Some of this page contains excerpts from a study released in 1997 by the National Recreational Boating Needs Assessment Survey published in the November 1997 issue of Boat/U. S. magazine, U. S. Coast Guard Boating Statistics, NASBLA Reference Guide to State Boating Laws (Fourth Edition), from a 2002 study by the National Transportation Safety Board,from the National Marine Manufacturers Association,and from various other sources including newspapers and magazines. Some of the facts are several years old, but are retained for comparison purposes or because no up-to-date information is available.

It is estimated that 71,644,000 people in the U. S. participated in recreational boating in 2002.

In 2003, there were 5,438 recreational boating accidents that resulted in 703 fatalities (down 6% from 2002) and 3,888 injuries.

Of the 481 drownings in 2003, 416 could have been prevented with use of a life jacket.

60% of the 27 children (under the age of 12) that died while boating in 2003 weren’t wearing life jackets.

80% of fatalities in 2003 occurred on boats where the operator had not completed a boating safety course.

The most reported type of accident in 2003 was a collision with another vessel.

Capsizing and falls overboard account for most boating fatalities (57%).

In 2003, 42% of boats involved in reported accidents were open motorboats.

Personal watercraft were involved in 27% of all reported accidents in 2003. But reported injuries continue a downward trend and have decreased every year since 1996.

Alcohol was involved in 31% of all boating fatalies in 2003, down 8% from 2002.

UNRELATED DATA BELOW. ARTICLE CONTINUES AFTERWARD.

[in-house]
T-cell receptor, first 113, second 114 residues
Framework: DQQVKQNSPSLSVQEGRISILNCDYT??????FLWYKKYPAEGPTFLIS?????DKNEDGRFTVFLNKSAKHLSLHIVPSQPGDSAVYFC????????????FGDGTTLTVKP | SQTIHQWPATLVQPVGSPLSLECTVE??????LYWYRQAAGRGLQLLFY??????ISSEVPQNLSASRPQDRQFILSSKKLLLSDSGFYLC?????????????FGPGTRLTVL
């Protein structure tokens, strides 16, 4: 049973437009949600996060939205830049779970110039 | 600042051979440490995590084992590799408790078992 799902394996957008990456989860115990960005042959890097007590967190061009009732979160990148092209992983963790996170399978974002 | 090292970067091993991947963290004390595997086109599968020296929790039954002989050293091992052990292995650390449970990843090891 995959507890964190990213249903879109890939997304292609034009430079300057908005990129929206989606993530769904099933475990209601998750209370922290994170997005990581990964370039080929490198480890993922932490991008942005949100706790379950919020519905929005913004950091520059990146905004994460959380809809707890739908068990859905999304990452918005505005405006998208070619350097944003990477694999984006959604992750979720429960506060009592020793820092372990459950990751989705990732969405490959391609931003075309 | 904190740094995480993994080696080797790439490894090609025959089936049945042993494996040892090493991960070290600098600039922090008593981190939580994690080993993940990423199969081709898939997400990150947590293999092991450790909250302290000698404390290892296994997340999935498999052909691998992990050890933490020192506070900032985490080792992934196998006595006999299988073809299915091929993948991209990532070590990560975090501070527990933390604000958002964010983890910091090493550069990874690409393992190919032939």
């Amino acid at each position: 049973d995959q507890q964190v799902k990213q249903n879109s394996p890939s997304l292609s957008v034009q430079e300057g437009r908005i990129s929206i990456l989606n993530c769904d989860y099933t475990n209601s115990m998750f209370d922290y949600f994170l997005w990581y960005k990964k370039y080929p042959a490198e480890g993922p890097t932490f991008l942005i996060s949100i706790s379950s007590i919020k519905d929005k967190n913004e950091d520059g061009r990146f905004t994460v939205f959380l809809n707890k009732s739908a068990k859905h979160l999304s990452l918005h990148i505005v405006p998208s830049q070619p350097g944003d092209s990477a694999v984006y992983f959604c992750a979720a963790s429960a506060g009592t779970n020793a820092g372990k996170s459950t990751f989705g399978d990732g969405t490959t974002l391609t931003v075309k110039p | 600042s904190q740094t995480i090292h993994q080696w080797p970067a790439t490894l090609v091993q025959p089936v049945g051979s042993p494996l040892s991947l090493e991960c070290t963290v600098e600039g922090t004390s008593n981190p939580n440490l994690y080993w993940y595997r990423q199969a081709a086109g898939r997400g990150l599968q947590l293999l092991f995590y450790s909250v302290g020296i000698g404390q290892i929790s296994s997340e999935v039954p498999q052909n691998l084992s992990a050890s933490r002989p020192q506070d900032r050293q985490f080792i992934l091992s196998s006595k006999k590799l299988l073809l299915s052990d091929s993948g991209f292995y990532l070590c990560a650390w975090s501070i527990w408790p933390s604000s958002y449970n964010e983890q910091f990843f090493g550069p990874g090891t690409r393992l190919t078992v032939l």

337 of the 701 boaters who perished in boating accidents during 2000 were on boats 16-ft or less in length.

Nearly 1.3 million boats were sold in 1995 and 1996, with a total value of over 10 billion dollars.

It is estimated that in the United States, there are 50,867,840 acres of lakes; 633,109 miles of rivers; and 88,633 miles of coastal shoreline (including bays and inlets).

More than half of all the people in the U. S. live within 50 miles of a coastline.

In 2003, registered boats in the U. S., commonwealths, and territories totalled 12,794,616, an increase of 55% over a 20 year period. In addition, there are almost 8 million unregistered boats in the U. S. (not requiring registration).

In 1998, there was one boating law enforcement officer in American Samoa for every 12 registered boats. That same year in Illinois, there was one officer for every 6,379 registered boats. On average in the U. S., there were 1,433 registered boats per marine law enforcement officer.

Michigan has the highest number of registered recreational boaters in the U. S., followed by California and Minnesota.

Americans in 1/4 of all U. S. households (41.6 million people) boated between April 1996 and March 1997:

  • 37% were college graduates.
  • 47% had a household income of $50,000 or more.
  • 75% said they’d like to spend more time boating.
  • 16 million household owned at least one boat or PWC, for a total of 19.6 million recreational vessels.
  • 93% were satisfied with their boating experience.
  • 85% said it took them 15 minutes or less to get their boat underway at their access site.
  • Only 18% said that congestion at their access site was a major problem.

Runabouts and jon boats comprise about 60% of all recreational watercraft.